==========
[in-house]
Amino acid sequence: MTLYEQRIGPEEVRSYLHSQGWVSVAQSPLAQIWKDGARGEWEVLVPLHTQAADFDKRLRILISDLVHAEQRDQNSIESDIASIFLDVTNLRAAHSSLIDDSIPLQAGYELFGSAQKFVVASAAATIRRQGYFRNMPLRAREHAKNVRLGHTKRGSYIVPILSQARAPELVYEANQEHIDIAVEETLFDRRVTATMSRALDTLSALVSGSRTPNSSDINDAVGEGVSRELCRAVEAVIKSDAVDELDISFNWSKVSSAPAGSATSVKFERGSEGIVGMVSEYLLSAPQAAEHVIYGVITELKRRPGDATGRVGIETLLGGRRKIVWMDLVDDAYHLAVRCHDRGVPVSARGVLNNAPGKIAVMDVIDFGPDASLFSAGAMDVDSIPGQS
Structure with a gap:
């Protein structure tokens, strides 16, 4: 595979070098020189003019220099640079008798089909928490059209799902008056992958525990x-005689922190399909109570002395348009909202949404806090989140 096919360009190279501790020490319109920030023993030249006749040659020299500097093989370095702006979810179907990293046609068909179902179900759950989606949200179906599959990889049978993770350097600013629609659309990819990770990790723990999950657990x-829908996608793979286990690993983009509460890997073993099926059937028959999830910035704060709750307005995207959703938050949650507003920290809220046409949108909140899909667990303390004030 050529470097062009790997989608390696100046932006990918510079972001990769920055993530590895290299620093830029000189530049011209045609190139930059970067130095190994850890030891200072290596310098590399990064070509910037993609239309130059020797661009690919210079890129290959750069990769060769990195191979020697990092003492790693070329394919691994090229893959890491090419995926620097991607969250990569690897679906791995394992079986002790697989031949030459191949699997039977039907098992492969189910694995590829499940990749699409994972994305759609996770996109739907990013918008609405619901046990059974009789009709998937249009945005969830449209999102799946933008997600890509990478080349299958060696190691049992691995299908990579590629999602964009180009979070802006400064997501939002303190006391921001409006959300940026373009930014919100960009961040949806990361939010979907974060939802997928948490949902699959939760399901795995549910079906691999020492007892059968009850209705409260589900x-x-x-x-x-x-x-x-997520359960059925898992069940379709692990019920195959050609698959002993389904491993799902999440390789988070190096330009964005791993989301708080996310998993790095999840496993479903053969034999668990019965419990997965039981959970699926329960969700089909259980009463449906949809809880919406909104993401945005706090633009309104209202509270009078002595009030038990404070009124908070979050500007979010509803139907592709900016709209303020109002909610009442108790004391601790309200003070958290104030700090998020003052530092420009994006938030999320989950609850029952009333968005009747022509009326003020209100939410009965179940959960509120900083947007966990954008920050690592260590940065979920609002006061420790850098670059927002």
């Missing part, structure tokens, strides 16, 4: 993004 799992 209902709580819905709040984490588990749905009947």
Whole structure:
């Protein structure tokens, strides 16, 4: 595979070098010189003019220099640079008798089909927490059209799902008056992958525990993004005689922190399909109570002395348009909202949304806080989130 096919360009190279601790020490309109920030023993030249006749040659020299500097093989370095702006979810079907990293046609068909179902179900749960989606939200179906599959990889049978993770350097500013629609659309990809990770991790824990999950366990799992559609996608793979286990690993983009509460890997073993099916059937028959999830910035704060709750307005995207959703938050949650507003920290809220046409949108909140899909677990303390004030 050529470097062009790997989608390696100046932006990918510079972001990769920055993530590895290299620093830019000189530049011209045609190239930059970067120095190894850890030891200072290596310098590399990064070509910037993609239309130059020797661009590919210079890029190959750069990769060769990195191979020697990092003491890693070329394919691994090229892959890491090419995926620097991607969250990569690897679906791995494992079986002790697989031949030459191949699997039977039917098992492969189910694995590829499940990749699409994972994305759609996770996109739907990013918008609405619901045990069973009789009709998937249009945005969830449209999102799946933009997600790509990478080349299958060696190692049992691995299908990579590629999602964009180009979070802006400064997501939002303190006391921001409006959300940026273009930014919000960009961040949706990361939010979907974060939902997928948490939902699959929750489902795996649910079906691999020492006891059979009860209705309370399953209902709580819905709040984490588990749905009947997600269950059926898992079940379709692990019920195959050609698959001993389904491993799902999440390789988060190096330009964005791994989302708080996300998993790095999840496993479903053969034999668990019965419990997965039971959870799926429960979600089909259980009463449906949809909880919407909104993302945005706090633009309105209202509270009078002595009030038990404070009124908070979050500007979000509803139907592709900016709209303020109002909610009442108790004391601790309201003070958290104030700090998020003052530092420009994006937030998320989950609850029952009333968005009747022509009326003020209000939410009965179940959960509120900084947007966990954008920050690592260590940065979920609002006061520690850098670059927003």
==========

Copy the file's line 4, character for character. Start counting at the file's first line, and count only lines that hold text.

């Protein structure tokens, strides 16, 4: 595979070098020189003019220099640079008798089909928490059209799902008056992958525990x-005689922190399909109570002395348009909202949404806090989140 096919360009190279501790020490319109920030023993030249006749040659020299500097093989370095702006979810179907990293046609068909179902179900759950989606949200179906599959990889049978993770350097600013629609659309990819990770990790723990999950657990x-829908996608793979286990690993983009509460890997073993099926059937028959999830910035704060709750307005995207959703938050949650507003920290809220046409949108909140899909667990303390004030 050529470097062009790997989608390696100046932006990918510079972001990769920055993530590895290299620093830029000189530049011209045609190139930059970067130095190994850890030891200072290596310098590399990064070509910037993609239309130059020797661009690919210079890129290959750069990769060769990195191979020697990092003492790693070329394919691994090229893959890491090419995926620097991607969250990569690897679906791995394992079986002790697989031949030459191949699997039977039907098992492969189910694995590829499940990749699409994972994305759609996770996109739907990013918008609405619901046990059974009789009709998937249009945005969830449209999102799946933008997600890509990478080349299958060696190691049992691995299908990579590629999602964009180009979070802006400064997501939002303190006391921001409006959300940026373009930014919100960009961040949806990361939010979907974060939802997928948490949902699959939760399901795995549910079906691999020492007892059968009850209705409260589900x-x-x-x-x-x-x-x-997520359960059925898992069940379709692990019920195959050609698959002993389904491993799902999440390789988070190096330009964005791993989301708080996310998993790095999840496993479903053969034999668990019965419990997965039981959970699926329960969700089909259980009463449906949809809880919406909104993401945005706090633009309104209202509270009078002595009030038990404070009124908070979050500007979010509803139907592709900016709209303020109002909610009442108790004391601790309200003070958290104030700090998020003052530092420009994006938030999320989950609850029952009333968005009747022509009326003020209100939410009965179940959960509120900083947007966990954008920050690592260590940065979920609002006061420790850098670059927002």